In the Watts Studio, the large studio actually used by Watts is the main event and it was the highlight of the visit for me. It is an authentic restoration of a purpose built ‘arts and crafts’ style studio space complete with artworks, easels, brushes and all the paraphernalia of an artist so it has a ‘time capsule’ feel about it. It is a double height space overlooked from a viewing balcony with a south facing double height window to the garden (unusually Watts preferred to work in the variety of southern light rather the uniformity of northern light) and an east facing sloping roof window. The studio gives an insight into the ‘process’ of an artist.

GF Watts Physical Energy at Kensington Gardens photo David Hawgood

GF Watts Physical Energy at Kensington Gardens photo David Hawgood

There are over 100 paintings by Watts in the Watts Gallery. Like much Victorian art Watts was at one time badly out of fashion and his allegorical, symbolic and mystical images do seem a bit weird – even spooky but that’s probably because I’m not up to speed on his spiritual ideas. The best bit of the gallery is the sculpture studio, complete with two original ‘gesso grosso’ (plaster mixed with glue and hemp) models by Watts used for the creation of bronzes. One of these is the model used for the giant bronze ‘Physical Energy’. Another insight – this time into his ‘process’ as a sculptor.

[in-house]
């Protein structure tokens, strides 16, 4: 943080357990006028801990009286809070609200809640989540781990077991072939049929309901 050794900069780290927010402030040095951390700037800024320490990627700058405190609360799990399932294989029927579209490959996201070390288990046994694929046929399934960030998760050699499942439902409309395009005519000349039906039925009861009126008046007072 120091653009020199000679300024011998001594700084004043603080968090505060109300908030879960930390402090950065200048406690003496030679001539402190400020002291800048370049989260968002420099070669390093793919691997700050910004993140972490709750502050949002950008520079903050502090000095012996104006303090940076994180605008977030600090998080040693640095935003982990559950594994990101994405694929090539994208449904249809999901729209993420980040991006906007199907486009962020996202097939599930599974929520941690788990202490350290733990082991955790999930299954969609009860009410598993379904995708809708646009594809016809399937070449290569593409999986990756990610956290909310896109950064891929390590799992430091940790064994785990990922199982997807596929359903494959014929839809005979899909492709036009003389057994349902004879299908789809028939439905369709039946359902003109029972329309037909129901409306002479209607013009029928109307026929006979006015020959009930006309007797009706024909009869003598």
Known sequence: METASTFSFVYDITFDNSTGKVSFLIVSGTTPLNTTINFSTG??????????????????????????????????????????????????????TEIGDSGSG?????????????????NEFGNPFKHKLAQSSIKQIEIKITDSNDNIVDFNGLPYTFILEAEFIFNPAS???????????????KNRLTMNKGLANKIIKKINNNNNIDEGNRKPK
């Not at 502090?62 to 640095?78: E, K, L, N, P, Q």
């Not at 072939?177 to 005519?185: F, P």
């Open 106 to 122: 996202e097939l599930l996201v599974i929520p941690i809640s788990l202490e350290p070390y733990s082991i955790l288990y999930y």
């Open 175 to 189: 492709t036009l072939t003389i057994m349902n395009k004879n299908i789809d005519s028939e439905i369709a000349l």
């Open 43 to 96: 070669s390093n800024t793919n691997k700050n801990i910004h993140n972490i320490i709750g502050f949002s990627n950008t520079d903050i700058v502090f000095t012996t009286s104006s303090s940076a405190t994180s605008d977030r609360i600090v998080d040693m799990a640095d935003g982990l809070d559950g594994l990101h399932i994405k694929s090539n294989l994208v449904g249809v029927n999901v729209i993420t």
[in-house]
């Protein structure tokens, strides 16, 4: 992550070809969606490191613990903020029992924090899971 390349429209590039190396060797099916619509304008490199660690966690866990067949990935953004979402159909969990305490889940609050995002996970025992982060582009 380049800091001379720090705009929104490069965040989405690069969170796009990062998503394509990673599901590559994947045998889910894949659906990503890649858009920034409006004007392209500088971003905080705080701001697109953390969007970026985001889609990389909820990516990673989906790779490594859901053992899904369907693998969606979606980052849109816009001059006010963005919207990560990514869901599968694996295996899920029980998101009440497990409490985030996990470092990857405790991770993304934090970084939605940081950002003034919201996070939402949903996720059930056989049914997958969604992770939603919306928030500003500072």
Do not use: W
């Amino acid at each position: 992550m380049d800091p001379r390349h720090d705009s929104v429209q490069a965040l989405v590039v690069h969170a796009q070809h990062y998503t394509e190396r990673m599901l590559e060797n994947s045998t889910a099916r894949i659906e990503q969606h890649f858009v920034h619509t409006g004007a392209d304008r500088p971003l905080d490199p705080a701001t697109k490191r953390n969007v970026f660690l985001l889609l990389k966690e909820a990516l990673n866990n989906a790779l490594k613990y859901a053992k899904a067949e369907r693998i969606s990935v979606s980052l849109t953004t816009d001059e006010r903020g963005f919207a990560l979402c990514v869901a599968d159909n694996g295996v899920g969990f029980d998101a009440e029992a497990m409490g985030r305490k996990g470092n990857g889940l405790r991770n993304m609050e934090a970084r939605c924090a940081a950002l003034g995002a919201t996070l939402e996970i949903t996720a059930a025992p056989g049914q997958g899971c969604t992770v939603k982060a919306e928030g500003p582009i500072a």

The journey home included a discussion about why the painting ‘The Ghost Ship’, which hangs in the gallery, sways on its hanging wires when you approach it. Is it a draught, a pendulum effect, breath or body heat? Or is the ghostly hand of Watts still at work?

Latest /
 
A Hand Crafted World
 

Pugin Cover

I’ve just finished Rosemary Hill’s epic biography of Augustus Pugin ‘God’s Architect – Pugin and the Building of Romantic Britain’. It reads a bit like a prequel to Fiona MacCarthy’s definitive biography of William Morris ‘William Morris – A Life for Our Time’ which I half finished some time ago and finally finished last year. Two absolutely marvelous books that bring two design giants of the Victorian era to life. Though they had much in common, and Morris was heavily influenced by Pugin, their paths never crossed. Morris (1834-96) was entering Oxford when Pugin (1812 – 52) died aged 40.

Barry and Pugin House of Lords

Barry and Pugin House of Lords

Pugin was an artist, writer, critic and designer who pioneered the Gothic revival and packed more into his short life than most do into a long life. He was hardly out of childhood when he started his architectural career in his father’s architectural drawing school. The school travelled to measure and draw gothic architecture in France for publication in volumes of architectural drawings. So Pugin was completely immersed in the glories of late medieval gothic even before his architectural career began. He matured from the authentic copying of gothic archetypes (pointed or ‘Christian’ architecture as he called it) to a completely original free use of gothic elements applicable to all building types. As well the design of buildings he designed interiors, furniture, stained glass, metalwork, textiles and jewellery. When I think of gothic architecture I think of cold, dark, damp gothic churches but Hill’s book brings to life the splendours of high vaults, buttresses, rose windows, towers, spires and pinnacles. Along with many fine buildings of his own Pugin is known for his work with Sir Charles Barry on the interiors for the Palace of Westminster (Houses of Parliament) and the Elizabeth Tower (Big Ben).